Chitosan (molecular weight of 76kDa and deacetylation degree of 85%) was dissolved for a concentration of 0.01% (w/v) in 0.01 M aqueous acetic acid. The plant leaves and grape bunches were sprayed with chitosan solution by using a manual spray lance. Total two applications were performed; first at the beginning of veraison at the onset of berry ripening, and second, at the completion of veraison with all the berries turned red-color. The meteorological conditions from the beginning of veraison till the complete maturation and sample harvesting were recorded (average temperature, humidity and wind velocity of 23.4 ºC, 57.4% and 6.5 km/h, respectively). Berries, leaves, cluster stems, and shoots were collected at the final maturation, and the berries were dissected into the skin and seeds. The same tissues from all control vines were also collected. The samples were frozen immediately in liquid nitrogen and stored at -80°C for further processing.

Crude total RNA was extracted from all the frozen tissues by using the CTAB (cetyl trimethyl ammonium bromide) method (Gasic et al., 2004) and DNase treatment was performed to eliminate any possible DNA contamination. Quality was checked by running samples on 1.0% denaturing agarose gels, followed by quantification with a ND-1000 Spectrophotometer at wavelengths of 230 and 280 nm, and 1 µg of DNase-treated RNA was used for cDNA synthesis, using the First Strand cDNA Synthesis Kit. Specific internal primers (Table 1) were designed by using Primer3 online tool (http://primer3.ut.ee/) and a quantitative real-time PCR (qRT-PCR) was carried out to record the relative expression of six selected genes of secondary metabolite pathway. Each reaction contained 5x HOT FIREPol® EvaGreen® qPCR Mix Plus (Solis Biodyne, Tartu, Estonia), 200 nM of each primer, 1 µL 10x diluted cDNA sample, and nuclease-free water to a final volume of 20 µl in PicoReal-Time Thermal Cycler (PRO 96-1500-512, Thermo Scientific, Ratastie, Finland). The PCR program was: 95°C for 12 min (initial denaturation), followed by 40 cycles of heating at 95°C for 15 s (denaturation), 52 °C for 20 s (annealing) and 72°C for 20 s (extension). PicoReal 2.0 software was used to analyze the data, and relative expression for each gene was calculated as RQ values (relative quantification by using PicoReal 2.0 tool), using actin and GADPH as the internal reference genes.

tab1

 

Table 1. Primer sequences and annealing temperature for the genes of secondary metabolite pathway analyzed in this study.

Results and discussion

There are only a few reports on the molecular mechanism regarding the mode of action of chitosan. The present study aimed to unveil this phenomenon, by investigating six genes key genes for secondary metabolite synthesis, i.e., PAL (phenylalanine ammonia lyase), CHS (Chalcone synthase), F3H (flavanone 3-hydroxylase), 4CL (4-coumarate:CoA ligase), CAM (caffeic acid O-methyltransferase) and STS (stilbene synthase) through qRT-PCR using all the tissues (leaf, berry skin, seeds, cluster stem and shoots) of both varieties (figure 1).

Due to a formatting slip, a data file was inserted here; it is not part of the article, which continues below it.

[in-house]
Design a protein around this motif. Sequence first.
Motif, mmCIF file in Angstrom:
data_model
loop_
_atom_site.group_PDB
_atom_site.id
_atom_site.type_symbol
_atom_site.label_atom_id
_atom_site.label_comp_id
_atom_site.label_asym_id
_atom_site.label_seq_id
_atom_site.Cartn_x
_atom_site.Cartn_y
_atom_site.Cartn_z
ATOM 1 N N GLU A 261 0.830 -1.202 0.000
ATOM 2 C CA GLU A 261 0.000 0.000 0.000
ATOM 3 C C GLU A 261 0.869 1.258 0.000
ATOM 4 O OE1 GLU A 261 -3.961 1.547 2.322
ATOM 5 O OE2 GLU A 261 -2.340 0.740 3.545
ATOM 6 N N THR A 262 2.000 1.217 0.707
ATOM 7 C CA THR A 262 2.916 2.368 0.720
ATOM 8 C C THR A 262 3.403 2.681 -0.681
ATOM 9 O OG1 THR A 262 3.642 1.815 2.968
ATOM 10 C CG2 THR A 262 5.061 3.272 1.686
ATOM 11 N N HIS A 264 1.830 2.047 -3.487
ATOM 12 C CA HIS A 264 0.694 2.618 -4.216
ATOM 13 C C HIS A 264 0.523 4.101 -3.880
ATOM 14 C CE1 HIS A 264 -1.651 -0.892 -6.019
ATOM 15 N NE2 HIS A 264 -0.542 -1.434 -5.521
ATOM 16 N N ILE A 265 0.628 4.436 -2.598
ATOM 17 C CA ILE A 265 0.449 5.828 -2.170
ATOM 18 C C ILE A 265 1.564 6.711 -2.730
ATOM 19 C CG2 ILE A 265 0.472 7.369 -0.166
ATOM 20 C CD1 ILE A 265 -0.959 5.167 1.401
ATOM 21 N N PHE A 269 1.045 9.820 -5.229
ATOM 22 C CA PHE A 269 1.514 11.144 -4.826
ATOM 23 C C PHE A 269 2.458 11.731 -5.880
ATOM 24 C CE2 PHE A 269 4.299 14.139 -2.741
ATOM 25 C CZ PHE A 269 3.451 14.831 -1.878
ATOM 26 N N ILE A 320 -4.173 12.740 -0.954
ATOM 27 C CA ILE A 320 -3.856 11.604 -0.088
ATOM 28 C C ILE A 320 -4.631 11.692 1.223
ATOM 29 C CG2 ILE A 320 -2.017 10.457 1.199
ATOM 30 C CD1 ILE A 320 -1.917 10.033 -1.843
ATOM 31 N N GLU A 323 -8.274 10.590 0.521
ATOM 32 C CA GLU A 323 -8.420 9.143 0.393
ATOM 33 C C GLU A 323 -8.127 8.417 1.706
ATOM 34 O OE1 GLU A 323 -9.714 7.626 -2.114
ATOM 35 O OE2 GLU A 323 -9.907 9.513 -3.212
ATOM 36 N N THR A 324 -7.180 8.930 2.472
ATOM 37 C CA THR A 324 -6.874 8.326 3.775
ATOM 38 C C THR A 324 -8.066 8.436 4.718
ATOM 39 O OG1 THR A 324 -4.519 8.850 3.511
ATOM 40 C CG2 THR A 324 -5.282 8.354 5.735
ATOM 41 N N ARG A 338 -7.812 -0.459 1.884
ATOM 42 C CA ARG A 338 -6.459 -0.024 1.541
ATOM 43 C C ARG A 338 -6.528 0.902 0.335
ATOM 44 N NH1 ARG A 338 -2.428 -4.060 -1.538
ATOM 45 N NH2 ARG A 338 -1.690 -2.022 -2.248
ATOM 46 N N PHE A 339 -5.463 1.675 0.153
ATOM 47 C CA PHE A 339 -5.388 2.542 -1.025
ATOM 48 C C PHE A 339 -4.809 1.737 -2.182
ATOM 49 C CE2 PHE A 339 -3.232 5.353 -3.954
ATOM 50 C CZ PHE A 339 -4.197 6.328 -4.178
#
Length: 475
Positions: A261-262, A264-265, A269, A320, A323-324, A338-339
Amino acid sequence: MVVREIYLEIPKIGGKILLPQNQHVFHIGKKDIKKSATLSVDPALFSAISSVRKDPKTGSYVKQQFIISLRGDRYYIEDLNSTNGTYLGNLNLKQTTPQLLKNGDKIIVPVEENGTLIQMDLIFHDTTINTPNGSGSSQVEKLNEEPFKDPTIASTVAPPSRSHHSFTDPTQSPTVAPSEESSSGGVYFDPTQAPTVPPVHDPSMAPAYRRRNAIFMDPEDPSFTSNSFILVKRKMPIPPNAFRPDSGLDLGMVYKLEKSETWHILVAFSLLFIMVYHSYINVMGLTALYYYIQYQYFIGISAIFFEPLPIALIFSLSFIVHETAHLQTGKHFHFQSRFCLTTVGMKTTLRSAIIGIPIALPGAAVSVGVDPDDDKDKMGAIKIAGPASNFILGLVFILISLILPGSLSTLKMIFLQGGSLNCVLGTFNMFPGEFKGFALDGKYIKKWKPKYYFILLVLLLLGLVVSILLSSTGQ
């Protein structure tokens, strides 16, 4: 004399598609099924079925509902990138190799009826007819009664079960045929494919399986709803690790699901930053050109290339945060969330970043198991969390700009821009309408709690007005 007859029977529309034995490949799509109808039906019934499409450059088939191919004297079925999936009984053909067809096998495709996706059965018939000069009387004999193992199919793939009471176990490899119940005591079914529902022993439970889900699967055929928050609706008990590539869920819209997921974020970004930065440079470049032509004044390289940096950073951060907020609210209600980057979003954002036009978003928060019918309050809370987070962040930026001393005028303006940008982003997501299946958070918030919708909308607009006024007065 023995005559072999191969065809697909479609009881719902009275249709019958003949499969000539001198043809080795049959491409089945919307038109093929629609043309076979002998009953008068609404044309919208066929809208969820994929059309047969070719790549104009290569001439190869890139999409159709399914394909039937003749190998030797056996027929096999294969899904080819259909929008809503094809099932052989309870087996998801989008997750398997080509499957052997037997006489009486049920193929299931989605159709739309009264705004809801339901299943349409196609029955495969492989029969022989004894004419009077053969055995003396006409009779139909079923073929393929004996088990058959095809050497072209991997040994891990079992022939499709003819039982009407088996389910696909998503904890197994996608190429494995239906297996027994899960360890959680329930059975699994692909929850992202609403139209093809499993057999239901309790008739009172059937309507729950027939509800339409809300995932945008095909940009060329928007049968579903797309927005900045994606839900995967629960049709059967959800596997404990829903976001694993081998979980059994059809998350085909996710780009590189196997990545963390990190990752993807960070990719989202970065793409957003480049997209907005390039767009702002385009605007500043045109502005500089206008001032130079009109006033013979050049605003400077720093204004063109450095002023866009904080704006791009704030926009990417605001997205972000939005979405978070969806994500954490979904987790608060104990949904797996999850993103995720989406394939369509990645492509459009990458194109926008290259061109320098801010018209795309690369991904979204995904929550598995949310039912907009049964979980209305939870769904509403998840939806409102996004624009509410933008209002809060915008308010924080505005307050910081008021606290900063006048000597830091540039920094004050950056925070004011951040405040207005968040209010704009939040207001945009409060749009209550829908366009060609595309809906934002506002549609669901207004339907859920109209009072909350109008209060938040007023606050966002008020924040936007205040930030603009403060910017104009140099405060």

fig1

 

Figure 1. Effect of chitosan on PAL (phenylalanine ammonia lyase), CHS (Chalcone synthase), F3H (flavanone 3-hydroxylase), 4CL (4-coumarate:CoA ligase), CAM (caffeic acid O-methyltransferase) and STS (stilbene synthase)genes in the tissues of grapevine. Tissues were collected at complete maturation of the berries. White column = control samples; black column = chitosan-treated samples.

Phenylpropanoid pathway is a key factor for the production of the secondary metabolites, and PAL catalyzes the first step of this pathway (Arakawa 1988). Present study recorded the increased expression of PAL gene in leaf, seeds, cluster stems and shoot tissues in both the varieties upon chitosan treatment (figure 1A and 1B). Fruit color development was positively associated with PAL upregulation in previous studies (Boss et al., 1996; Kobayashi et al., 2002). PAL expression was reported to be induced during veraison until maturation of berries followed by a decrease in its transcript level (Zhao et al., 2016; Chen et al., 2006). Present study demonstrated increased expression in all the tissues except berry skins in maturation; although our recent previous study reported higher expression of PAL in leaf and berry skin during veraison in a grapevine variety Tinto cão (Singh et al., 2020).

Chalcone synthase is a key player in flavonoid biosynthesis in grapevines and the gene is reported to get upregulated from the veraison until the maturation of berries (Boss et al., 1996; Kobayashi et al., 2002). Leaf, clusters stems and shoot tissues showed higher expression of this gene in both varieties in chitosan-treated plants (figure 1C and 1D). This suggested an improved synthesis of flavonoids upon treatment. Flavanone 3-hydroxylase (F3H) was observed to be differentially expressed during berry development. It gets upregulated until maturation (Waters et al., 2005). Berry skins, cluster stems and shoots demonstrated high expression of F3H gene in the grapevine varieties Touriga Franca, while Tinto Cão exhibited a higher expression in berry skins, cluster stems, shoots and leaf tissue as well in the treated plants during maturation. Our previous report recorded very high expression of F3H gene during veraison in leaf and berry skin tissues of Tinto cão upon chitosan treatment (Singh et al., 2020).

The 4-Coumarate:CoA ligases (4CLs) belongs to phenylpropanoid-derived compound and metabolisms (Yuan Y., 2014). Cluster stems, leaves, and shoot tissues showed an increased expression of this gene in both varieties upon treatment and suggested a positive induction in the grapevine. CAM gene also belongs to the flavonoid synthesis in grapevines (Giordano et al., 2016); especially during stress conditions. The present study recorded a higher expression of CAM gene in the stems and shoots of both varieties upon treatment, hinting an involvement for the improved plant health. Stilbene synthase is another key gene for stilbene/resveratrol synthesis in grapevines (Chialva et al., 2018). Present study recorded increased transcript accumulation in the berry skins, seeds, and shoots tissues in both the varieties upon chitosan application, and thus suggested a higher level of stilbene/resveratrol in the berries.